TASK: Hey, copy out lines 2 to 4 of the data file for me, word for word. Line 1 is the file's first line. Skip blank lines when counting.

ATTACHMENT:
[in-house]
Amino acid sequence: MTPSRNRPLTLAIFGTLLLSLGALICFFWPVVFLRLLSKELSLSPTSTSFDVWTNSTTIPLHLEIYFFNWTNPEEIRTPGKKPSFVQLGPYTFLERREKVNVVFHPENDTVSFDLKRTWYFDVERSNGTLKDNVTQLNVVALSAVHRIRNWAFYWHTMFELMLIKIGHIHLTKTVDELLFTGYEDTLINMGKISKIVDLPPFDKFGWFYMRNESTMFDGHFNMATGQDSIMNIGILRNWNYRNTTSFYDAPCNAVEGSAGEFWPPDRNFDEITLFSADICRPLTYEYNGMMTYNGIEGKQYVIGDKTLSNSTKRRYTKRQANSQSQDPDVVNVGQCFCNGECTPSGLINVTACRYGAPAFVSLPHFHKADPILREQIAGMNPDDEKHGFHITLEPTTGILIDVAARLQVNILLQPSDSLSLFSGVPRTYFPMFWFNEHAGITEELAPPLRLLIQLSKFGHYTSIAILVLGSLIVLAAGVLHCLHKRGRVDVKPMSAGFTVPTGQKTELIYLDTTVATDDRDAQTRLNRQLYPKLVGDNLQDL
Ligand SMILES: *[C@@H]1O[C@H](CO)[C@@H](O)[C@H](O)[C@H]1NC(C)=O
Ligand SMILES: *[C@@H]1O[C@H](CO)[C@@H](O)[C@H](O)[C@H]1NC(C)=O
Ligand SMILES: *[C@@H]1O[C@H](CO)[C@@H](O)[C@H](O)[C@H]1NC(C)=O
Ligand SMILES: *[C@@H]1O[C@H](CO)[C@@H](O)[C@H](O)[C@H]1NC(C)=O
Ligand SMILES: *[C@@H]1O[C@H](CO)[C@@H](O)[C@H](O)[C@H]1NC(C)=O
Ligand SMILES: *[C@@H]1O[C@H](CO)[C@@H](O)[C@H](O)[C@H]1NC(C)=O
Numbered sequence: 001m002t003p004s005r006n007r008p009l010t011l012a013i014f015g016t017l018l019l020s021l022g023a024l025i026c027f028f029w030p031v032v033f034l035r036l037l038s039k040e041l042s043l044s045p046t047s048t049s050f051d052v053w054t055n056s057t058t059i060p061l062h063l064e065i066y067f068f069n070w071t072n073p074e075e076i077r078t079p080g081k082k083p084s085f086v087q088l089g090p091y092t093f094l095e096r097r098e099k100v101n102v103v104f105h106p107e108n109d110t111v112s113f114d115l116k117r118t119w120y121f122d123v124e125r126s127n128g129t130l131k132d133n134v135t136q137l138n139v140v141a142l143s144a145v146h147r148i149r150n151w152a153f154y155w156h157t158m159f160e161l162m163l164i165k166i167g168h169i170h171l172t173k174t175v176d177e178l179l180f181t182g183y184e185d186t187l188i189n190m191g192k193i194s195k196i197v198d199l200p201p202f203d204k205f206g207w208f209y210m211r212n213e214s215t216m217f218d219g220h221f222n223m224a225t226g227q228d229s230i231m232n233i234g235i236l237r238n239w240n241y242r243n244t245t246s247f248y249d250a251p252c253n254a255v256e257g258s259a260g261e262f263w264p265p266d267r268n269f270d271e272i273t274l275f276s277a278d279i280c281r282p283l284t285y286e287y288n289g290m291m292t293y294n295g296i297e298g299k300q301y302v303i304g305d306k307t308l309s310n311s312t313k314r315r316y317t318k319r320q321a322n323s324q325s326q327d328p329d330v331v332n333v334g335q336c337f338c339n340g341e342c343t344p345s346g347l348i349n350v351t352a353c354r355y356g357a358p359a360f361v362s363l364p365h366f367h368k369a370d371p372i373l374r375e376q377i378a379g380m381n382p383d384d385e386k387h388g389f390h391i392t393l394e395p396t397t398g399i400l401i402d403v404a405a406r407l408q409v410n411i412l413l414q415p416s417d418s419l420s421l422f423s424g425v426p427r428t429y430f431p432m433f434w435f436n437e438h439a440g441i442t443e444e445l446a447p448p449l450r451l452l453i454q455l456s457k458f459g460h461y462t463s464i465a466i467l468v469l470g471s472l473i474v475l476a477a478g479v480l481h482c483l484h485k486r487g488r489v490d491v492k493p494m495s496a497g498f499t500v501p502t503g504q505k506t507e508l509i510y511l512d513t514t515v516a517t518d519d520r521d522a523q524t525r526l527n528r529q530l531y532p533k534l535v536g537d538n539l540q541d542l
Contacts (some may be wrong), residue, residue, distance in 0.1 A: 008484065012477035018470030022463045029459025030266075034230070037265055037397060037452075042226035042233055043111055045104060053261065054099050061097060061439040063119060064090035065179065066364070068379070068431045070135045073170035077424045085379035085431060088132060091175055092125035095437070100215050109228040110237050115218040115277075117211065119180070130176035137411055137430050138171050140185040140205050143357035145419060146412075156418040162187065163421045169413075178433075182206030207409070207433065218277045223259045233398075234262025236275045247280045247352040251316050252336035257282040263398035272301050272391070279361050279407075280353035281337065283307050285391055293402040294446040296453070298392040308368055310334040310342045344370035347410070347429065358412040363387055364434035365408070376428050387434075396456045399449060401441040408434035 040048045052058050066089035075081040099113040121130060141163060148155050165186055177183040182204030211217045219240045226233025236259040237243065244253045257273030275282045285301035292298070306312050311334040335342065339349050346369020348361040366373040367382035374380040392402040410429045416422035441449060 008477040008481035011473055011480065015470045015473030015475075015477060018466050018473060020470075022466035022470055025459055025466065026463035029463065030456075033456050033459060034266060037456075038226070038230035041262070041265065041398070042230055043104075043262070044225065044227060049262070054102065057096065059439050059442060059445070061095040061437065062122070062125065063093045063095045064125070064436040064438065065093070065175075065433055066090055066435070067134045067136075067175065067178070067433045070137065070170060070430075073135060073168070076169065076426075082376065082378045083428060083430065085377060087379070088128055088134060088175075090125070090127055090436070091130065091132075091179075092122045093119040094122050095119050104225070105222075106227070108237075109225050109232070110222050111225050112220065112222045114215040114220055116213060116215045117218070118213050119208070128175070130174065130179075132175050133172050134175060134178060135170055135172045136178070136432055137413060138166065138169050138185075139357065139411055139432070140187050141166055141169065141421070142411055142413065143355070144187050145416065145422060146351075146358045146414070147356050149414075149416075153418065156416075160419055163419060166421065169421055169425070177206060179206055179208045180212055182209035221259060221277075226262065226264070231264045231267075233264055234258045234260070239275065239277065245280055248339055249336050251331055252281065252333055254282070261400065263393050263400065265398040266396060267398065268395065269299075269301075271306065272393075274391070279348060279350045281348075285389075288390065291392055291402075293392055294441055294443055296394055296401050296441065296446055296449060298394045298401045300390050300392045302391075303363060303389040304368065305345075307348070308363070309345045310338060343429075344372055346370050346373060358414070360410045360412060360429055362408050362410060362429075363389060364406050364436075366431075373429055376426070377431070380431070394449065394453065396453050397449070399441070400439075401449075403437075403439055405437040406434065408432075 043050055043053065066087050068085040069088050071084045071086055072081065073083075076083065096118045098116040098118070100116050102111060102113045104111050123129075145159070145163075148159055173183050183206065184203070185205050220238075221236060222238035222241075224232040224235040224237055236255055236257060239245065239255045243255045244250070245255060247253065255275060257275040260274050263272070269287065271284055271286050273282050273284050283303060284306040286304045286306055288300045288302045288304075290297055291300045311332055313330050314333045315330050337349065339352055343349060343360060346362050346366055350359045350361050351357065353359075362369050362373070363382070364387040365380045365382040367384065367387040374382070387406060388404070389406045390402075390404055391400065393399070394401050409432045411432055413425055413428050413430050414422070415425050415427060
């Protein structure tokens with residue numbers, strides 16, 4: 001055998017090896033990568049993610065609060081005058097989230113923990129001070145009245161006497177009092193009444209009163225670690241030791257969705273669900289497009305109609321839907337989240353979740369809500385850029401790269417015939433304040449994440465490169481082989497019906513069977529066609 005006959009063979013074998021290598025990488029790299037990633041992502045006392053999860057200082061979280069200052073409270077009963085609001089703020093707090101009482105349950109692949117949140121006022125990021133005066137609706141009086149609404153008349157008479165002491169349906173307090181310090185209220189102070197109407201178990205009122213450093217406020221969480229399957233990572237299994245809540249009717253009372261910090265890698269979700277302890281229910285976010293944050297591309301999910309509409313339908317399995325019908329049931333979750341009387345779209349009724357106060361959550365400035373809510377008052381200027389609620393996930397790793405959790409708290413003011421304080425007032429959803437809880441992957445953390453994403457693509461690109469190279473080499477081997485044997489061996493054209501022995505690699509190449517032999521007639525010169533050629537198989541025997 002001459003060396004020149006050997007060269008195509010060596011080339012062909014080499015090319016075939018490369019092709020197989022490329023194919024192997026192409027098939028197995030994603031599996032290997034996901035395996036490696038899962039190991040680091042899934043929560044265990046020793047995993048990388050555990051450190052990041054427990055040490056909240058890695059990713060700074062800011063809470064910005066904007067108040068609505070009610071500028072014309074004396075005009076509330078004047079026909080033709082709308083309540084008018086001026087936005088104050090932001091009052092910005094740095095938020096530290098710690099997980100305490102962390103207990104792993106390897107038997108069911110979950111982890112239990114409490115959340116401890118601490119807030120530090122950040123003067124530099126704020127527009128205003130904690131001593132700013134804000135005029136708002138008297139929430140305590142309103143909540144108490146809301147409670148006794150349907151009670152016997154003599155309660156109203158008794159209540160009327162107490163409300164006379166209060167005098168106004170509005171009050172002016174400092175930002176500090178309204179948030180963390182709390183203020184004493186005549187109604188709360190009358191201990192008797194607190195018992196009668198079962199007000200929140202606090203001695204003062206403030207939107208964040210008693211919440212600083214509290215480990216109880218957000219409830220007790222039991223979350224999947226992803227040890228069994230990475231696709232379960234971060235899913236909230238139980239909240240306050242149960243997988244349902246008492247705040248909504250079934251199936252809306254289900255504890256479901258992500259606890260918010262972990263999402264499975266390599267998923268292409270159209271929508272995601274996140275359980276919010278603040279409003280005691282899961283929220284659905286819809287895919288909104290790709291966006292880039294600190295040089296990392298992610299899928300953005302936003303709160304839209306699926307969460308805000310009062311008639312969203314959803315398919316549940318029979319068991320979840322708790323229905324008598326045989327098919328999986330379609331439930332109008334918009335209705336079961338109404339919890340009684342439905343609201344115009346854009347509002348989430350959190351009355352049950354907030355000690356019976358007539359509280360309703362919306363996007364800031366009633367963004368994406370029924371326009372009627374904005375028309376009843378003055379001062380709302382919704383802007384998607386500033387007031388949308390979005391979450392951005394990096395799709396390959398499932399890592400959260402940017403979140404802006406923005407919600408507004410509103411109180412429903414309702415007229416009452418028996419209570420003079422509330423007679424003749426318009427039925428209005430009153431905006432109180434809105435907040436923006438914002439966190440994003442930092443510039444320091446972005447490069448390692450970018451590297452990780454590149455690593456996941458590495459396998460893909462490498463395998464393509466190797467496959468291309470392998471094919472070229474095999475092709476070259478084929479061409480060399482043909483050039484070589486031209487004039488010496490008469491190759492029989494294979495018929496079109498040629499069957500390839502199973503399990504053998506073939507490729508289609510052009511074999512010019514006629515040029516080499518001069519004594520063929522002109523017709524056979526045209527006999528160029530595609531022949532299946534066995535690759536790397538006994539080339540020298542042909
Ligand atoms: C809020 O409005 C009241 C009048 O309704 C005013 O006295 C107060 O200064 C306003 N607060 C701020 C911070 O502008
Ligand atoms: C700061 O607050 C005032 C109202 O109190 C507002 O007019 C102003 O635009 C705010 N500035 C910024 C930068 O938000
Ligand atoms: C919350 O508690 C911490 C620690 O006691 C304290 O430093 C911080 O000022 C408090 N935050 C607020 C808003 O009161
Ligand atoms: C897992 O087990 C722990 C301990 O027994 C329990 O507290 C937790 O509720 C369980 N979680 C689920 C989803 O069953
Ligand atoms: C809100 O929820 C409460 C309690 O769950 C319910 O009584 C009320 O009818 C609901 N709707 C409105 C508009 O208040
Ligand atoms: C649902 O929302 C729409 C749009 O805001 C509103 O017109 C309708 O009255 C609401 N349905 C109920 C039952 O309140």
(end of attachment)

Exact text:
Amino acid sequence: MTPSRNRPLTLAIFGTLLLSLGALICFFWPVVFLRLLSKELSLSPTSTSFDVWTNSTTIPLHLEIYFFNWTNPEEIRTPGKKPSFVQLGPYTFLERREKVNVVFHPENDTVSFDLKRTWYFDVERSNGTLKDNVTQLNVVALSAVHRIRNWAFYWHTMFELMLIKIGHIHLTKTVDELLFTGYEDTLINMGKISKIVDLPPFDKFGWFYMRNESTMFDGHFNMATGQDSIMNIGILRNWNYRNTTSFYDAPCNAVEGSAGEFWPPDRNFDEITLFSADICRPLTYEYNGMMTYNGIEGKQYVIGDKTLSNSTKRRYTKRQANSQSQDPDVVNVGQCFCNGECTPSGLINVTACRYGAPAFVSLPHFHKADPILREQIAGMNPDDEKHGFHITLEPTTGILIDVAARLQVNILLQPSDSLSLFSGVPRTYFPMFWFNEHAGITEELAPPLRLLIQLSKFGHYTSIAILVLGSLIVLAAGVLHCLHKRGRVDVKPMSAGFTVPTGQKTELIYLDTTVATDDRDAQTRLNRQLYPKLVGDNLQDL
Ligand SMILES: *[C@@H]1O[C@H](CO)[C@@H](O)[C@H](O)[C@H]1NC(C)=O
Ligand SMILES: *[C@@H]1O[C@H](CO)[C@@H](O)[C@H](O)[C@H]1NC(C)=O